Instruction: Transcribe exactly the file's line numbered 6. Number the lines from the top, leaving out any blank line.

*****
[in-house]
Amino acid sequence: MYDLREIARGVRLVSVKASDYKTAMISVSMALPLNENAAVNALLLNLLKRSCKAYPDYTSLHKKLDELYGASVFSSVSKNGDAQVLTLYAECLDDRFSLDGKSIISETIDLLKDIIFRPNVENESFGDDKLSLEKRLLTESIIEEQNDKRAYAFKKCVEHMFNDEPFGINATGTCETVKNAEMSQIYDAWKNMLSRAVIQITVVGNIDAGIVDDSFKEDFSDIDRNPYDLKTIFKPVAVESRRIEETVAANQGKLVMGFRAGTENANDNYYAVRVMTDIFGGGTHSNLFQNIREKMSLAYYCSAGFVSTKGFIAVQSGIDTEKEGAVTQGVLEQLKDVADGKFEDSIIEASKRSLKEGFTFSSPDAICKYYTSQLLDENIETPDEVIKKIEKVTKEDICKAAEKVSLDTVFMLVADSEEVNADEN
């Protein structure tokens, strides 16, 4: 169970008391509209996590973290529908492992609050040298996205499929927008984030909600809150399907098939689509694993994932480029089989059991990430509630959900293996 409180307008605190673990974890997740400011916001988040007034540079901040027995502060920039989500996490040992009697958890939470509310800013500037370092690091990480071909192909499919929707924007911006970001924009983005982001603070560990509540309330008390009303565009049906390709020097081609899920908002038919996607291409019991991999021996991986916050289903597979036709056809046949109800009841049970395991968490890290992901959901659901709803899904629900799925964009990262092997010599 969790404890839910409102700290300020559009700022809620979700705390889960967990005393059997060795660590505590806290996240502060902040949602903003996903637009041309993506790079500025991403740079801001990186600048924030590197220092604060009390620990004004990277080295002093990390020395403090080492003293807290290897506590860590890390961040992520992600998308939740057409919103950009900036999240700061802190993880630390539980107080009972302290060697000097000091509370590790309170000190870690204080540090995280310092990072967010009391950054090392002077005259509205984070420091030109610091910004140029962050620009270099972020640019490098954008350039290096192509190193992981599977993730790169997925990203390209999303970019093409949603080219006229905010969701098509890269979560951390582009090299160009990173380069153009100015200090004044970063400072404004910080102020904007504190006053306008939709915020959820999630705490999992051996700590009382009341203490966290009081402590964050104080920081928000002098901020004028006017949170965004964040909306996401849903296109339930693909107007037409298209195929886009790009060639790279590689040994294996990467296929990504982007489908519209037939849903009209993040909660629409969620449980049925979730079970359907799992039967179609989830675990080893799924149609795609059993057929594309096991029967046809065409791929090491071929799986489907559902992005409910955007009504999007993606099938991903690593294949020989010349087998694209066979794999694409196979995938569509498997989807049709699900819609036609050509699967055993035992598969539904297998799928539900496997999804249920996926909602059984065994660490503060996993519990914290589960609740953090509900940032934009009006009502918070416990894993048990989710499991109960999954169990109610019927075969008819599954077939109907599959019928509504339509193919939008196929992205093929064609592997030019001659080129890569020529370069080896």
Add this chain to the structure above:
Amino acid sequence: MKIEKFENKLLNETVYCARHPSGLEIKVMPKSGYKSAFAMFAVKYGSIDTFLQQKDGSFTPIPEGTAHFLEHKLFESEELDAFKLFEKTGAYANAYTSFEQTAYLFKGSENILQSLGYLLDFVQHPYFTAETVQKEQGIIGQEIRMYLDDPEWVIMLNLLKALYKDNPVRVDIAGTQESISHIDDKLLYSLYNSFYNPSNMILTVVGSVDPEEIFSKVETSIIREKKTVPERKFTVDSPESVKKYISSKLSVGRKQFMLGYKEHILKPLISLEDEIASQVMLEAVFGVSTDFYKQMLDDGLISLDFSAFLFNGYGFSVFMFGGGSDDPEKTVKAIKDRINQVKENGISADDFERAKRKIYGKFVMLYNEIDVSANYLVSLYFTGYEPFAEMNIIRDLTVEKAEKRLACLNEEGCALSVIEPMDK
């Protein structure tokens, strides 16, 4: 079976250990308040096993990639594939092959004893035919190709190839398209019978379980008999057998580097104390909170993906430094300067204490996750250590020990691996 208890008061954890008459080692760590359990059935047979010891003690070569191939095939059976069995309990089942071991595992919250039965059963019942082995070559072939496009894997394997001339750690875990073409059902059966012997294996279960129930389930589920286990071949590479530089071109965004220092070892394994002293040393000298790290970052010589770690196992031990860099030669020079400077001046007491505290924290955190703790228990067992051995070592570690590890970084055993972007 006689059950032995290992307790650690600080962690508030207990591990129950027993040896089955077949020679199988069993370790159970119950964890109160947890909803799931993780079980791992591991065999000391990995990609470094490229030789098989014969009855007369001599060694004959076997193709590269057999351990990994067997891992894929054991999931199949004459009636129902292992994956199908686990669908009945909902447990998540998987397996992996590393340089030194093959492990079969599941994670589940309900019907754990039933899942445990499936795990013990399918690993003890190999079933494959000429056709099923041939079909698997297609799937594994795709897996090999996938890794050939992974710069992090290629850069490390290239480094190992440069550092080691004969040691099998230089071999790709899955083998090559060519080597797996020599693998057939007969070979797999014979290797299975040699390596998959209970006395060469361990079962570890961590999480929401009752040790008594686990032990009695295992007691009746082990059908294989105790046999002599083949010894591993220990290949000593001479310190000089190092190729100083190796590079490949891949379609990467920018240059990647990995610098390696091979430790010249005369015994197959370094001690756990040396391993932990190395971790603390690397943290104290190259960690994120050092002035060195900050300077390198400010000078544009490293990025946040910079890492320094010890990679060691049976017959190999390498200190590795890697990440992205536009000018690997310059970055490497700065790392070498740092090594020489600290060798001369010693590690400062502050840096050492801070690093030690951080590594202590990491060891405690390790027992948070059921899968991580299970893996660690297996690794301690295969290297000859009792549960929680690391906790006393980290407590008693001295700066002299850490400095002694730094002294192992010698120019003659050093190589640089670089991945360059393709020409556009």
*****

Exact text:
């Protein structure tokens, strides 16, 4: 079976250990308040096993990639594939092959004893035919190709190839398209019978379980008999057998580097104390909170993906430094300067204490996750250590020990691996 208890008061954890008459080692760590359990059935047979010891003690070569191939095939059976069995309990089942071991595992919250039965059963019942082995070559072939496009894997394997001339750690875990073409059902059966012997294996279960129930389930589920286990071949590479530089071109965004220092070892394994002293040393000298790290970052010589770690196992031990860099030669020079400077001046007491505290924290955190703790228990067992051995070592570690590890970084055993972007 006689059950032995290992307790650690600080962690508030207990591990129950027993040896089955077949020679199988069993370790159970119950964890109160947890909803799931993780079980791992591991065999000391990995990609470094490229030789098989014969009855007369001599060694004959076997193709590269057999351990990994067997891992894929054991999931199949004459009636129902292992994956199908686990669908009945909902447990998540998987397996992996590393340089030194093959492990079969599941994670589940309900019907754990039933899942445990499936795990013990399918690993003890190999079933494959000429056709099923041939079909698997297609799937594994795709897996090999996938890794050939992974710069992090290629850069490390290239480094190992440069550092080691004969040691099998230089071999790709899955083998090559060519080597797996020599693998057939007969070979797999014979290797299975040699390596998959209970006395060469361990079962570890961590999480929401009752040790008594686990032990009695295992007691009746082990059908294989105790046999002599083949010894591993220990290949000593001479310190000089190092190729100083190796590079490949891949379609990467920018240059990647990995610098390696091979430790010249005369015994197959370094001690756990040396391993932990190395971790603390690397943290104290190259960690994120050092002035060195900050300077390198400010000078544009490293990025946040910079890492320094010890990679060691049976017959190999390498200190590795890697990440992205536009000018690997310059970055490497700065790392070498740092090594020489600290060798001369010693590690400062502050840096050492801070690093030690951080590594202590990491060891405690390790027992948070059921899968991580299970893996660690297996690794301690295969290297000859009792549960929680690391906790006393980290407590008693001295700066002299850490400095002694730094002294192992010698120019003659050093190589640089670089991945360059393709020409556009």